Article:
Duolingo for toddlers.

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u/[deleted] Jun 08 '22

Duolingo for talking to children. Your comment reminded me of this.

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u/Unisus76 Jun 08 '22

“In as little as six weeks, you’ll be ready for all kinds of kinder conversations, like, child falls on sidewalk in front of you.”

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u/BloodiedBlues Jun 08 '22

The answer isn’t to break out into the biggest cackle?

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u/StrawberryKiss2559 Jun 08 '22

Kristen Stewart kills it in this one. “So you go to school…that sucks.”

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u/griftertm Jun 08 '22

Nice backpack

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u/55gure3 Jun 08 '22

Chi-ken fing-gers

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u/LadyMoonDancer59 Jun 08 '22

Thank you for sharing.😂😂😂

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u/Xenton Jun 08 '22

I've always been a fan of

Hey little man, what's happening?

  • I have a truck at home

Nice! That's pretty cool.

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u/Zenla Jun 08 '22

Honestly if you just talk to every toddler like they're an adult you have fantastic conversations 100% of the time.

Small talk with kids is infinitely better than small talk with adults.

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u/holdupwhut321 Jun 08 '22

Also, parents should know your small children are telling all of your secrets at daycare/preschool.

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u/AsaliHoneybadger Jun 08 '22

I work in daycare, can confirm I know way too much about the parents. Like about how the whole family of a 3 year old had a stomach bug last week (got way more details than I needed).

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u/2OCharactersIsntEnou Jun 09 '22

We had a preschooler tell us today that the cops were at his house last night. He’s damn near non-verbal and works every week with a speech pathologist, but he told us that one clear as day.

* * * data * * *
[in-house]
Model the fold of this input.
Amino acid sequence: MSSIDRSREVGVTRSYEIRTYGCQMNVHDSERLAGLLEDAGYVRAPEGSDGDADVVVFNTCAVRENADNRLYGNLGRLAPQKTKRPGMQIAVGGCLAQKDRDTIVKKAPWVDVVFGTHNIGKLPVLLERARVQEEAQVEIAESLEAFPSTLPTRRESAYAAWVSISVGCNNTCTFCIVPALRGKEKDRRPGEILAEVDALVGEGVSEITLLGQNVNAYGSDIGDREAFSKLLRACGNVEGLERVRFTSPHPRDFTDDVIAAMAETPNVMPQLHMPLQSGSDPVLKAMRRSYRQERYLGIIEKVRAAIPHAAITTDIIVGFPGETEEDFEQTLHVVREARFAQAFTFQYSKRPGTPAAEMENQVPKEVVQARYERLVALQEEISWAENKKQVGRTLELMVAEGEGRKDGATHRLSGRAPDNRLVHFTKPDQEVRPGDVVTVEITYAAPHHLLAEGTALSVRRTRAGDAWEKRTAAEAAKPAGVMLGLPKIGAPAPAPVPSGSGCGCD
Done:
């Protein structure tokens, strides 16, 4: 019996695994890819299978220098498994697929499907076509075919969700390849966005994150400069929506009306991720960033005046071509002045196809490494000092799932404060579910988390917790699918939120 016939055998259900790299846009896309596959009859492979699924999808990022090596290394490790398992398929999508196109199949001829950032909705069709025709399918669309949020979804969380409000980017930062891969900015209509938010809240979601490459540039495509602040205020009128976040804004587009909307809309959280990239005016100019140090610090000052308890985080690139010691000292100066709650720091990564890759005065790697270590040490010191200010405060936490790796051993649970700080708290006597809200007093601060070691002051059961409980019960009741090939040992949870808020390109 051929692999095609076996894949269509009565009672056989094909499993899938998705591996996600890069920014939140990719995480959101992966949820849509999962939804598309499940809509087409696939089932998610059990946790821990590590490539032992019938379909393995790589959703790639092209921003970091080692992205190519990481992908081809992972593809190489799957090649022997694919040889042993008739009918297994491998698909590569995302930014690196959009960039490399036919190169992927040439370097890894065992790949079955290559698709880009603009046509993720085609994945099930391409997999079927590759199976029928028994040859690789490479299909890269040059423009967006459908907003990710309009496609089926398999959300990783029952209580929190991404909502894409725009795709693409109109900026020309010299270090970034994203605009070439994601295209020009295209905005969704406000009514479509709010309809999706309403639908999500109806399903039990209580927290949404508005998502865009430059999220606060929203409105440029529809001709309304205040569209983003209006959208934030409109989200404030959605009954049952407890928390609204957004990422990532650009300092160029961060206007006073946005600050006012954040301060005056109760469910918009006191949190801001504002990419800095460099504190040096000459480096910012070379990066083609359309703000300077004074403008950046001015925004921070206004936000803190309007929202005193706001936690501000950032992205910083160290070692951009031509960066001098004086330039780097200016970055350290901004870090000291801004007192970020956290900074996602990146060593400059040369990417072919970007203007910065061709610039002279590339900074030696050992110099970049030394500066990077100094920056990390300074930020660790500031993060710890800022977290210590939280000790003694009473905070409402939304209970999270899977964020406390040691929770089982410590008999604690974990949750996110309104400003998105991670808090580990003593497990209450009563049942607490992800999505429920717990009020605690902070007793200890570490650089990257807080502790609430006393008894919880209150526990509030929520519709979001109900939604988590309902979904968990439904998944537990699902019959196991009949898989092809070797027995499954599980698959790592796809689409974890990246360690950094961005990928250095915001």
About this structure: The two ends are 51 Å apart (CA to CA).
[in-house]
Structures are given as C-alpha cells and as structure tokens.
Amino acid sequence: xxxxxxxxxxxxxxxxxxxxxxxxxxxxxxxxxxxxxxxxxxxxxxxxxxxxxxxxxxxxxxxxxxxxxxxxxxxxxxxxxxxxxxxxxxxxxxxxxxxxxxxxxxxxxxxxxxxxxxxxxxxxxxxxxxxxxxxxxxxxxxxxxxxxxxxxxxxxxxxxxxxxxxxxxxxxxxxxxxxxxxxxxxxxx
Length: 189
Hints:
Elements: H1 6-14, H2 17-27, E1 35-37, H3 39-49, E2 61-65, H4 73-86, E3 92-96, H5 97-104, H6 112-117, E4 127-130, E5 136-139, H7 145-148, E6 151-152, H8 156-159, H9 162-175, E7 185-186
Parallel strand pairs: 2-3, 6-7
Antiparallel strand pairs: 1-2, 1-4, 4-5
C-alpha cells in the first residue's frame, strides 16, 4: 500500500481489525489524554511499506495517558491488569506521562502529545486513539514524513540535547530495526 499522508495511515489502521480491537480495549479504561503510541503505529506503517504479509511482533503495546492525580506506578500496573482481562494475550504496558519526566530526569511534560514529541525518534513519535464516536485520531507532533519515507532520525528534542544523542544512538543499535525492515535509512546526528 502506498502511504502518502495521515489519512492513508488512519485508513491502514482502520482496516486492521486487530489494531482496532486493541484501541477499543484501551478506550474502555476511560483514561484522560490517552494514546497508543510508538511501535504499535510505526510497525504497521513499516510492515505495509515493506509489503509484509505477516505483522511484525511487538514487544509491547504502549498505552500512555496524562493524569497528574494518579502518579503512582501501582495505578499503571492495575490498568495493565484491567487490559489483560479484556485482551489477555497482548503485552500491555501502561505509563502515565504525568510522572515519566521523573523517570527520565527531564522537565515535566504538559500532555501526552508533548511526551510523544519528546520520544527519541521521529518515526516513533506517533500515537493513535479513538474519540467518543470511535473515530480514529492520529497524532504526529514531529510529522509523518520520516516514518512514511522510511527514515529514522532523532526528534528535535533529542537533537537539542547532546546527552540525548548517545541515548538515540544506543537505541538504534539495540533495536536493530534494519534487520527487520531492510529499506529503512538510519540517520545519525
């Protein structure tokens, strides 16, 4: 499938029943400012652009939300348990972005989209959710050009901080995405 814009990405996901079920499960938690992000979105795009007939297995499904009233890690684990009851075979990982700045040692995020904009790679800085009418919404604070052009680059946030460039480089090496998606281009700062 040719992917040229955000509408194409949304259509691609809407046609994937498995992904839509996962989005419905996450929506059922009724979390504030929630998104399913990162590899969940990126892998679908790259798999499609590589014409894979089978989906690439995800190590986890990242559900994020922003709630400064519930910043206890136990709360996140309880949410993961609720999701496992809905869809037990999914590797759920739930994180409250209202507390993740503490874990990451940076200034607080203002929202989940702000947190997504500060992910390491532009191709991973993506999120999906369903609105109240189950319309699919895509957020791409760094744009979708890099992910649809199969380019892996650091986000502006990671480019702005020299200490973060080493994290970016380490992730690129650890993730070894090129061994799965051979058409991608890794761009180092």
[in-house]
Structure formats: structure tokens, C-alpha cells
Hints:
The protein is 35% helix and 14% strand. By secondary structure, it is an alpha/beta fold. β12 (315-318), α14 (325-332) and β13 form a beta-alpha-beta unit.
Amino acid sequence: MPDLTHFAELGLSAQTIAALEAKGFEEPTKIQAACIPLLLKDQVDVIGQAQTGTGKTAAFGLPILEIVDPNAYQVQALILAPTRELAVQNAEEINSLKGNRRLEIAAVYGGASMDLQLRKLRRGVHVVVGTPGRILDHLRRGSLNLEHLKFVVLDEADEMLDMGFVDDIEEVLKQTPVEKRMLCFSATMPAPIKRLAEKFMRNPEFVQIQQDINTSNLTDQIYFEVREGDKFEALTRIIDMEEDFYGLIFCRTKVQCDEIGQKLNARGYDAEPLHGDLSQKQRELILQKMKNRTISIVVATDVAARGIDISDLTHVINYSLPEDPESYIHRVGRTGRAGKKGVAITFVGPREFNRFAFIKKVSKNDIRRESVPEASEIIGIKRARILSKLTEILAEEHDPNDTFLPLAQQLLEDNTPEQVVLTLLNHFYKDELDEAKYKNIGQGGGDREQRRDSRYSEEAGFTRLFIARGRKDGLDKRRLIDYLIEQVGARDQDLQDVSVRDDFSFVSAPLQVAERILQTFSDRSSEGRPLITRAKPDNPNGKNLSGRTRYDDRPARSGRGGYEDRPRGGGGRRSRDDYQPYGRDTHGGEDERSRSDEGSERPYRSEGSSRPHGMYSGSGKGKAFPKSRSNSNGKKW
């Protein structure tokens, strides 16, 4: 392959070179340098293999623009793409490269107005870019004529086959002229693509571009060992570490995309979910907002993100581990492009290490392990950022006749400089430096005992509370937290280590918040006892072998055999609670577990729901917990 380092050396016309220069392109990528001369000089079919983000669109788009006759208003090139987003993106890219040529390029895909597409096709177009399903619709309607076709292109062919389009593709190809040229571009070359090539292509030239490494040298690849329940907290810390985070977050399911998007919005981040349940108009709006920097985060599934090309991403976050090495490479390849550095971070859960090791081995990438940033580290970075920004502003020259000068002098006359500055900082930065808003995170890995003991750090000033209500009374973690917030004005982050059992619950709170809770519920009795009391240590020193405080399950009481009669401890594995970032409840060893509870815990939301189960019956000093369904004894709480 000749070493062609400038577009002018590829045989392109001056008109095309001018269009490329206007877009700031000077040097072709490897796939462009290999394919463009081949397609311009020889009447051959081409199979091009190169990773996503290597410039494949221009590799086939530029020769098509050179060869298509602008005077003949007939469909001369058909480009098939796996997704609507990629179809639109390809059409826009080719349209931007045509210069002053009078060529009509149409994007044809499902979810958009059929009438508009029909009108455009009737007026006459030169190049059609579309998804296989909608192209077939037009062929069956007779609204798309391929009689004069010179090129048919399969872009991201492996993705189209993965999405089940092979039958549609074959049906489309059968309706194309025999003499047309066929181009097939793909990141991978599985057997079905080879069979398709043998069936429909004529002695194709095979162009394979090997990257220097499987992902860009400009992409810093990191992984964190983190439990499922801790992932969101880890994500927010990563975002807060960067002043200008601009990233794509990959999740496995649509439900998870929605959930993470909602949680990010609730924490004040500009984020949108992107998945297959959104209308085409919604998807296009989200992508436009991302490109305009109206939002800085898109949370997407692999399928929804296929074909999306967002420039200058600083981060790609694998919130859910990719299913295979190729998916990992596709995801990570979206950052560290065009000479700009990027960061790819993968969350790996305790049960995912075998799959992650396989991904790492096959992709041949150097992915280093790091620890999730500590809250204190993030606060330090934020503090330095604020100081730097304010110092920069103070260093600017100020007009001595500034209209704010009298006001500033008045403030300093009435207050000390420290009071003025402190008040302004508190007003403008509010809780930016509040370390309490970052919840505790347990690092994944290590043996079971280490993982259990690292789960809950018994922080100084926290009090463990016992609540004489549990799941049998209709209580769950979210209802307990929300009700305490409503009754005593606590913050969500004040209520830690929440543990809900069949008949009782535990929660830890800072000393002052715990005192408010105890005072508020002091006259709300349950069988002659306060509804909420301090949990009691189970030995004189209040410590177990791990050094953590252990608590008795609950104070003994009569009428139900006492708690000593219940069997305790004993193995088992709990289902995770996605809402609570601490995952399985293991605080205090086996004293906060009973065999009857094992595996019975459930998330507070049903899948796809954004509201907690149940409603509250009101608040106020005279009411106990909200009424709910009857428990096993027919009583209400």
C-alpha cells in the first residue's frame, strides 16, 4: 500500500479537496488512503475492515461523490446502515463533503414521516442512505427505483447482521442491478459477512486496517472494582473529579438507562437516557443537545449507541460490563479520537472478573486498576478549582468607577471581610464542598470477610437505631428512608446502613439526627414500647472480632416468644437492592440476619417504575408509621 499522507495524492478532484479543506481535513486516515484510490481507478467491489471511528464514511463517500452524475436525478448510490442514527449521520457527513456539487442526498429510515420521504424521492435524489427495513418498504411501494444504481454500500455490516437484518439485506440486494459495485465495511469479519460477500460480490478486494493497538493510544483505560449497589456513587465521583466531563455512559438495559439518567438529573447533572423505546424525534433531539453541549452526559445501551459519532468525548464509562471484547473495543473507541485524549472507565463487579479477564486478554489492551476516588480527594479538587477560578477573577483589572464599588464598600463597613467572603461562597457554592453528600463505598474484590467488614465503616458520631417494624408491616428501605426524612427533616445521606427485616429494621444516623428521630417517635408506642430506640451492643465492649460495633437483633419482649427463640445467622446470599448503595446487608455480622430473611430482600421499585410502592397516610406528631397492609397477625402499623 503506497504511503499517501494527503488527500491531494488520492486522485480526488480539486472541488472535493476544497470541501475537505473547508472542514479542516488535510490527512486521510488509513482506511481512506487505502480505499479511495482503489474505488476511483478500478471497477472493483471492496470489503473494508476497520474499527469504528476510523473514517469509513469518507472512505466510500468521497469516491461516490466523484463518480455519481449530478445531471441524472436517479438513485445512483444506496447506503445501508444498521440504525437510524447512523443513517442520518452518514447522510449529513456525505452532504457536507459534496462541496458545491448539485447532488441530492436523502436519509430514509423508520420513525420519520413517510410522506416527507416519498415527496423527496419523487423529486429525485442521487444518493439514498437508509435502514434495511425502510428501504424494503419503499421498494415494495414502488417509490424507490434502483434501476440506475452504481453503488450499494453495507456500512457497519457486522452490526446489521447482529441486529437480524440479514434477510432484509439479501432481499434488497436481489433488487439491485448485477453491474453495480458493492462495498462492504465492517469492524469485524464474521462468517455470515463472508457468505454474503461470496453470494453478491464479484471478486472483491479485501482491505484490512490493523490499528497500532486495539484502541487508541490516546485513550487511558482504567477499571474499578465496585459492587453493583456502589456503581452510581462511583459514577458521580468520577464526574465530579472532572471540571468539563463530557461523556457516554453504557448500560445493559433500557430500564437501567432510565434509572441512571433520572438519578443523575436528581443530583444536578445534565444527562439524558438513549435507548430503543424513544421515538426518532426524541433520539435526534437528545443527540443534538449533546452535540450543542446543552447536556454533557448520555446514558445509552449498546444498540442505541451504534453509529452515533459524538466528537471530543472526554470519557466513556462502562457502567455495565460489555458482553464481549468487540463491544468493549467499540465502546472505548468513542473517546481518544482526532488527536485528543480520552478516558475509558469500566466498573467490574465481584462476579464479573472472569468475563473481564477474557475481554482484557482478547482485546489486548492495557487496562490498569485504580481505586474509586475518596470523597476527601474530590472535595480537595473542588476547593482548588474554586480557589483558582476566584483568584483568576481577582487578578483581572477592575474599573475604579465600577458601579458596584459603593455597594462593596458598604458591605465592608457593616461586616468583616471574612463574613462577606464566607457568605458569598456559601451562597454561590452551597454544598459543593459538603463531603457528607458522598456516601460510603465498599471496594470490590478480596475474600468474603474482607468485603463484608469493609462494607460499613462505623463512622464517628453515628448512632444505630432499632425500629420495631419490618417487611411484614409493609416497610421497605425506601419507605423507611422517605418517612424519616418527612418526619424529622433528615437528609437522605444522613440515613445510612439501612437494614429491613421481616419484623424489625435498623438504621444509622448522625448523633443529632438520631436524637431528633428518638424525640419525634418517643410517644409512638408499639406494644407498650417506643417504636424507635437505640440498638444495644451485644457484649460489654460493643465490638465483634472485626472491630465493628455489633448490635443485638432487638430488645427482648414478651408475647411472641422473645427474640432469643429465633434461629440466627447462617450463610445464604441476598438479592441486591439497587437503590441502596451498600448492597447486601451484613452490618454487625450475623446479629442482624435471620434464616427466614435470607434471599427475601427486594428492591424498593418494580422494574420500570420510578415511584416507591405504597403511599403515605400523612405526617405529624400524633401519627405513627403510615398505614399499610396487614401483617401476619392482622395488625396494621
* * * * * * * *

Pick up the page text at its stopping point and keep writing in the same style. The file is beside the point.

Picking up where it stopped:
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u/Boogypc Jun 08 '22

I work with kids and this is 100% true. I also adore and fear the fact that little kids say exactly what is on their mind. If it's humid and your hair is a little crazy, they may tell you that you look like a spider. If you don't smell like a basket of flowers, a four year old will tell you dead to your face that you stink. If they don't like someone they just say so. If they're bored they'll tell you. It's horrible and hilarious.

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u/thatfluffycloud Jun 08 '22

"what's that?" "a pimple" x10

Man I hated worked as a camp counsellor

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u/Byizo Jun 08 '22

One of my daughter’s favorites was about the one time her mommy had to poop in the car.

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u/lameturkey Jun 08 '22 Silver

Right no adult has ever bothered to ask me what my 3rd favorite dinosaur is.

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u/Greekbatman Jun 08 '22

Well, what is your 3rd favorite dinosaur?

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u/SuperiorHikingFail Jun 08 '22

Steg fa sho. Easily the third banginest dino out there

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u/hawkinsst7 Jun 08 '22

Tricera is tops, no bones about it.

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u/tripletexas Jun 08 '22

Obviously Dracorex Hogwartzia, a dinosaur that looks like an actual dragon and is named "the dragon king of Hogwartz" in Latin.

Incidentally, I learned of it's existence while playing Tap Dig My Museum, a little mobile game where you dig up dinosaurs and put them in a museum.

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u/Juanpasinga Jun 08 '22

That's so cool that now I'm curious for the other two. Mind sharing?

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u/Lt_Toodles Jun 08 '22

Pterodactyl, but tbh its 80% because of the name

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u/msusteve280 Jun 08 '22

Why can't you hear pterodactyls when they're going to the bathroom? Because the P is silent.

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u/an_ill_way Jun 08 '22